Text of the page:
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Monday, August 17, 2009

TriMet using stimulus to maintain reliable light rail service

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TriMet and the city of Portland, Ore., are using $1.6 million of federal stimulus funds to repair bricks in 20 intersections on Morrison and Yamhill streets in downtown Portland. As the backbone of Portland's light rail system, the Morrison and Yamhill corridors have experienced significant wear and tear and have not had major repairs in the 25 years since the tracks went in.


Crews begin work on Monday, August 17, starting at SW 2nd and Yamhill and SW 2nd and Morrison. They will work on Morrison and Yamhill in tandem throughout the project, which is expected to continue into October.

Construction details:

• Construction takes place Monday through Friday, 7 a.m. to 6 p.m.

• Occasional Saturday and evening work is likely.

• A swing shift crew - 6 p.m. to 11 p.m. - will be utilized from late August through mid-September for prep work.

• Each intersection will be done in two stages: Each stage must be prepared and repaired then allowed to cure before it is reopened to traffic. The two stages at SW 2nd will be interlaced with the stages at SW 3rd. Crews will move to SW 10th and 11th, followed by SW 1st, SW 4th and Broadway, and finally SW Park and SW 9th avenues.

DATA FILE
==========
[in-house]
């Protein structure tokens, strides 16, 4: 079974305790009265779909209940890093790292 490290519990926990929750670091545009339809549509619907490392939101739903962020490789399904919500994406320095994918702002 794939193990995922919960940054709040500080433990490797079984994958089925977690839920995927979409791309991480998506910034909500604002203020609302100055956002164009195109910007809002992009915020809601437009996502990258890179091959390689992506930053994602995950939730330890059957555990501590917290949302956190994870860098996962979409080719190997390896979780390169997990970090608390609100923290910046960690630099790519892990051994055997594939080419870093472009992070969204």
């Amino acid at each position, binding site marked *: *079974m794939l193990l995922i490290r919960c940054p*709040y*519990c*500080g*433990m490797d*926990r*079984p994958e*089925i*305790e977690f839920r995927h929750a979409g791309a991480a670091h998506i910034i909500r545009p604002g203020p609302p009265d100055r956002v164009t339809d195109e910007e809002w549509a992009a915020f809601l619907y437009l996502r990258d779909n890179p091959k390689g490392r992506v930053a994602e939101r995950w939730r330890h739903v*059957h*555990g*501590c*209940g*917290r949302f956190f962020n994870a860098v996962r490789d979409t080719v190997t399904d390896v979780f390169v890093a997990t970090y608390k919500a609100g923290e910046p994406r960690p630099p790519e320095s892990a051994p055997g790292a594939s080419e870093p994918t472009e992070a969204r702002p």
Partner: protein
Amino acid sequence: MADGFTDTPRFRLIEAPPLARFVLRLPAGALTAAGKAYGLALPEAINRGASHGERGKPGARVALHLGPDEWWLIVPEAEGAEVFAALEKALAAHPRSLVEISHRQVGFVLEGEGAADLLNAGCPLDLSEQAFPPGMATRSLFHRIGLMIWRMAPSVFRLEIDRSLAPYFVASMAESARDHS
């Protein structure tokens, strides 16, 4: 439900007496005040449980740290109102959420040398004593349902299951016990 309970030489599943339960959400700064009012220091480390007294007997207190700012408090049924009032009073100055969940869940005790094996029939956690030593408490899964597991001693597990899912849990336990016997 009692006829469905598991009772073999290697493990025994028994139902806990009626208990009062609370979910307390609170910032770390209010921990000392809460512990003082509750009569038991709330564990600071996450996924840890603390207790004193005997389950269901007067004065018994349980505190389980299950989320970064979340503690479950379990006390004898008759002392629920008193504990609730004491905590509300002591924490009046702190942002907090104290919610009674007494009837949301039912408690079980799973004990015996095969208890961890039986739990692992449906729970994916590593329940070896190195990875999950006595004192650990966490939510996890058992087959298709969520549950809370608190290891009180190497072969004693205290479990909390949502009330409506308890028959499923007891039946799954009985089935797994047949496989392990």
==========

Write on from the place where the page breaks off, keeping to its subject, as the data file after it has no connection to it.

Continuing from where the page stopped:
• During construction, the auto lanes on Morrison and Yamhill will be closed; cross streets will be reduced to one lane through the intersection.

• Lane closures are expected to last eight to 10 days for each stage.

• Estimated completion date is October 9, although the schedule may be revised.

• No repairs will be done at 5th and 6th avenues, which were rebuilt as part of the Portland Mall project.


The contractor is Stacy and Witbeck/Kiewit Pacific, Inc. Subcontractors include C.O.A.T. Flagging, Schonert and Associates, Inc. and Raimore Construction, Inc. Raimore and C.O.A.T. Flagging are part of TriMet's Disadvantaged Business Enterprise program. Federal stimulus funds from the American Recovery and Reinvestment Act have prevented 23 layoffs among the contractor and three subcontractors working on this project.


TriMet was awarded $53.3 million in federal stimulus funds to be used to fix failing infrastructure, make the transit system more robust and put Oregonians to work. Since May, TriMet has broken ground on or completed eight of the 31 approved projects. TriMet's stimulus projects are projected to fund about 740 direct jobs and 1,100 indirect jobs.

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